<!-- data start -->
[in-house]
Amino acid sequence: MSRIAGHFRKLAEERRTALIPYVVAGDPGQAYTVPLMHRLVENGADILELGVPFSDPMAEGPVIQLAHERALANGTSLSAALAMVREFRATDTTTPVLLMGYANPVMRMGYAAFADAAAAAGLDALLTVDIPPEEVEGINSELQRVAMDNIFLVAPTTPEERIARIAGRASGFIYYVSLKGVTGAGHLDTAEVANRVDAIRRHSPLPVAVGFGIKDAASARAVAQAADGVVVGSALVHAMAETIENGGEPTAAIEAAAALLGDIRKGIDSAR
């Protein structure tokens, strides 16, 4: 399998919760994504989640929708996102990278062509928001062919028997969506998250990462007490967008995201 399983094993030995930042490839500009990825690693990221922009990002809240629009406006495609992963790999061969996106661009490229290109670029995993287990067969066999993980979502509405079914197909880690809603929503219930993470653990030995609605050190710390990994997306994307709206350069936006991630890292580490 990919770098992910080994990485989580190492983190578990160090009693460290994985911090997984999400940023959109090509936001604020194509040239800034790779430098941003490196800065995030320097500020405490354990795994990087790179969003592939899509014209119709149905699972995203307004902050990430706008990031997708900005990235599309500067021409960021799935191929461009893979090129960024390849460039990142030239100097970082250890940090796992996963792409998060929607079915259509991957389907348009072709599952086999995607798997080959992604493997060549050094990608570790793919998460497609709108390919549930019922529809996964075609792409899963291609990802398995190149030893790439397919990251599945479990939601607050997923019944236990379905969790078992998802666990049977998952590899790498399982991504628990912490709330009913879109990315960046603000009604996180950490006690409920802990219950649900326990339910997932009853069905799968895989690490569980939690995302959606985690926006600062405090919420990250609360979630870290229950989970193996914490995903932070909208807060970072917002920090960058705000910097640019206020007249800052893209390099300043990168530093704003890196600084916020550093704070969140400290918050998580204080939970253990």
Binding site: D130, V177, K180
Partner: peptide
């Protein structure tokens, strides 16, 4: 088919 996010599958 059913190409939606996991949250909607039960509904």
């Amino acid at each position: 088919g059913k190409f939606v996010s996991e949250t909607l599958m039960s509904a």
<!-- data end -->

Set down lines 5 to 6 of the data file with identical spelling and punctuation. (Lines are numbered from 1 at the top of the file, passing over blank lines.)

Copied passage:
Partner: peptide
């Protein structure tokens, strides 16, 4: 088919 996010599958 059913190409939606996991949250909607039960509904």